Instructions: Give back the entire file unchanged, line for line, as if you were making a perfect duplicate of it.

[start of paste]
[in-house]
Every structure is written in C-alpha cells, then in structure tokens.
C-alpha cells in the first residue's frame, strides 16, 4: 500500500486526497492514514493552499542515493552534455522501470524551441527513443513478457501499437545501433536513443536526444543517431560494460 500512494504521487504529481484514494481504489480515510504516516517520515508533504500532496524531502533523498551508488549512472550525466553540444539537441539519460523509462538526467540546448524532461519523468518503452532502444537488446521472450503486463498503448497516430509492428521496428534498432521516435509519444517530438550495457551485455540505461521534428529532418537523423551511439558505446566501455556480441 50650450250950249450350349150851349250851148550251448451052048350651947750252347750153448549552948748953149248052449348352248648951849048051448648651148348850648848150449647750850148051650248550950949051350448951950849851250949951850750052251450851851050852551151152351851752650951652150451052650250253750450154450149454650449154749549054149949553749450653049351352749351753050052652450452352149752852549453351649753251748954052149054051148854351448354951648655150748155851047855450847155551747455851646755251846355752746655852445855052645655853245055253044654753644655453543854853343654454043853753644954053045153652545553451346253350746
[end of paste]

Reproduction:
[in-house]
Every structure is written in C-alpha cells, then in structure tokens.
C-alpha cells in the first residue's frame, strides 16, 4: 500500500486526497492514514493552499542515493552534455522501470524551441527513443513478457501499437545501433536513443536526444543517431560494460 500512494504521487504529481484514494481504489480515510504516516517520515508533504500532496524531502533523498551508488549512472550525466553540444539537441539519460523509462538526467540546448524532461519523468518503452532502444537488446521472450503486463498503448497516430509492428521496428534498432521516435509519444517530438550495457551485455540505461521534428529532418537523423551511439558505446566501455556480441 50650450250950249450350349150851349250851148550251448451052048350651947750252347750153448549552948748953149248052449348352248648951849048051448648651148348850648848150449647750850148051650248550950949051350448951950849851250949951850750052251450851851050852551151152351851752650951652150451052650250253750450154450149454650449154749549054149949553749450653049351352749351753050052652450452352149752852549453351649753251748954052149054051148854351448354951648655150748155851047855450847155551747455851646755251846355752746655852445855052645655853245055253044654753644655453543854853343654454043853753644954053045153652545553451346253350746